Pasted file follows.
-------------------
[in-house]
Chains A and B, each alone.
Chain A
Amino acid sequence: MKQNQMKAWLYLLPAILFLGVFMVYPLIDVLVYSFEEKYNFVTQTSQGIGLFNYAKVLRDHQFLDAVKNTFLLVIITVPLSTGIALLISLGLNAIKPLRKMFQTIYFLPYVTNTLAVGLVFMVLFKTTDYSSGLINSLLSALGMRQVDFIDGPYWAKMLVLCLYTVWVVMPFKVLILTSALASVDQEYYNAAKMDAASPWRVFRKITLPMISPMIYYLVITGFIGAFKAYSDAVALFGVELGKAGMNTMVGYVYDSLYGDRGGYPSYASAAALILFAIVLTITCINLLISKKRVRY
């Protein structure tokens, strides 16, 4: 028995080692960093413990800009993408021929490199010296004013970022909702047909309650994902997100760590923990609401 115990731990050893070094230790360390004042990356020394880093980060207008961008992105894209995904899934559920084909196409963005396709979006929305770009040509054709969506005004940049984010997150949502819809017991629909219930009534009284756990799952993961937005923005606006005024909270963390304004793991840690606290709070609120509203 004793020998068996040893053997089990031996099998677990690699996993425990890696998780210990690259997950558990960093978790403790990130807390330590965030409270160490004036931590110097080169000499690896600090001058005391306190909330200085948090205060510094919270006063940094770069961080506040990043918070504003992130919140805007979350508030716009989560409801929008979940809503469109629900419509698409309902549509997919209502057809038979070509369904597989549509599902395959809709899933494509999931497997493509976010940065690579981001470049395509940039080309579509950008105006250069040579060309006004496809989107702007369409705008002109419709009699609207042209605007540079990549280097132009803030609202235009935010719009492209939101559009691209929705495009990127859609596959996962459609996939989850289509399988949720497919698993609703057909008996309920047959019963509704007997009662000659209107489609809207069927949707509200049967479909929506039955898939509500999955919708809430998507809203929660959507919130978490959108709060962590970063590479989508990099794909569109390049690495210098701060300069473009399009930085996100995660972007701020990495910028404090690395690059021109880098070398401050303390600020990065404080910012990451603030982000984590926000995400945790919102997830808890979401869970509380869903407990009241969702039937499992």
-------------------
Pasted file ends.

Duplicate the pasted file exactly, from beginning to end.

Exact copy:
[in-house]
Chains A and B, each alone.
Chain A
Amino acid sequence: MKQNQMKAWLYLLPAILFLGVFMVYPLIDVLVYSFEEKYNFVTQTSQGIGLFNYAKVLRDHQFLDAVKNTFLLVIITVPLSTGIALLISLGLNAIKPLRKMFQTIYFLPYVTNTLAVGLVFMVLFKTTDYSSGLINSLLSALGMRQVDFIDGPYWAKMLVLCLYTVWVVMPFKVLILTSALASVDQEYYNAAKMDAASPWRVFRKITLPMISPMIYYLVITGFIGAFKAYSDAVALFGVELGKAGMNTMVGYVYDSLYGDRGGYPSYASAAALILFAIVLTITCINLLISKKRVRY
């Protein structure tokens, strides 16, 4: 028995080692960093413990800009993408021929490199010296004013970022909702047909309650994902997100760590923990609401 115990731990050893070094230790360390004042990356020394880093980060207008961008992105894209995904899934559920084909196409963005396709979006929305770009040509054709969506005004940049984010997150949502819809017991629909219930009534009284756990799952993961937005923005606006005024909270963390304004793991840690606290709070609120509203 004793020998068996040893053997089990031996099998677990690699996993425990890696998780210990690259997950558990960093978790403790990130807390330590965030409270160490004036931590110097080169000499690896600090001058005391306190909330200085948090205060510094919270006063940094770069961080506040990043918070504003992130919140805007979350508030716009989560409801929008979940809503469109629900419509698409309902549509997919209502057809038979070509369904597989549509599902395959809709899933494509999931497997493509976010940065690579981001470049395509940039080309579509950008105006250069040579060309006004496809989107702007369409705008002109419709009699609207042209605007540079990549280097132009803030609202235009935010719009492209939101559009691209929705495009990127859609596959996962459609996939989850289509399988949720497919698993609703057909008996309920047959019963509704007997009662000659209107489609809207069927949707509200049967479909929506039955898939509500999955919708809430998507809203929660959507919130978490959108709060962590970063590479989508990099794909569109390049690495210098701060300069473009399009930085996100995660972007701020990495910028404090690395690059021109880098070398401050303390600020990065404080910012990451603030982000984590926000995400945790919102997830808890979401869970509380869903407990009241969702039937499992």